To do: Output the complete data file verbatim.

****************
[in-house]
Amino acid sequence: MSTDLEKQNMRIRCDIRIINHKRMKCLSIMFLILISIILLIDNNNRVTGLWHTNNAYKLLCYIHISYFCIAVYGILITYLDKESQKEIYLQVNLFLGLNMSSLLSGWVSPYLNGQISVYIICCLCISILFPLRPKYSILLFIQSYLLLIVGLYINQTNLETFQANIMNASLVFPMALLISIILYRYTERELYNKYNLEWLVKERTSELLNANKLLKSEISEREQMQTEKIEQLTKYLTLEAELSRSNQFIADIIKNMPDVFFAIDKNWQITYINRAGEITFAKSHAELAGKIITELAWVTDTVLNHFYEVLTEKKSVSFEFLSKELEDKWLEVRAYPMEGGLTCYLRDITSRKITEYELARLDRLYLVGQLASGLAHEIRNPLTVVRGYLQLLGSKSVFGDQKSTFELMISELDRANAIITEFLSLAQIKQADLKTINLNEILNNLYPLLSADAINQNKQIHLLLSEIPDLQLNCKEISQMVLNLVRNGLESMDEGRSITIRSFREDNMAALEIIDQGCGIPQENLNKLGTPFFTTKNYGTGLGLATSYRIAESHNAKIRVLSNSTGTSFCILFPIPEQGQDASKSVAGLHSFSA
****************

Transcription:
[in-house]
Amino acid sequence: MSTDLEKQNMRIRCDIRIINHKRMKCLSIMFLILISIILLIDNNNRVTGLWHTNNAYKLLCYIHISYFCIAVYGILITYLDKESQKEIYLQVNLFLGLNMSSLLSGWVSPYLNGQISVYIICCLCISILFPLRPKYSILLFIQSYLLLIVGLYINQTNLETFQANIMNASLVFPMALLISIILYRYTERELYNKYNLEWLVKERTSELLNANKLLKSEISEREQMQTEKIEQLTKYLTLEAELSRSNQFIADIIKNMPDVFFAIDKNWQITYINRAGEITFAKSHAELAGKIITELAWVTDTVLNHFYEVLTEKKSVSFEFLSKELEDKWLEVRAYPMEGGLTCYLRDITSRKITEYELARLDRLYLVGQLASGLAHEIRNPLTVVRGYLQLLGSKSVFGDQKSTFELMISELDRANAIITEFLSLAQIKQADLKTINLNEILNNLYPLLSADAINQNKQIHLLLSEIPDLQLNCKEISQMVLNLVRNGLESMDEGRSITIRSFREDNMAALEIIDQGCGIPQENLNKLGTPFFTTKNYGTGLGLATSYRIAESHNAKIRVLSNSTGTSFCILFPIPEQGQDASKSVAGLHSFSA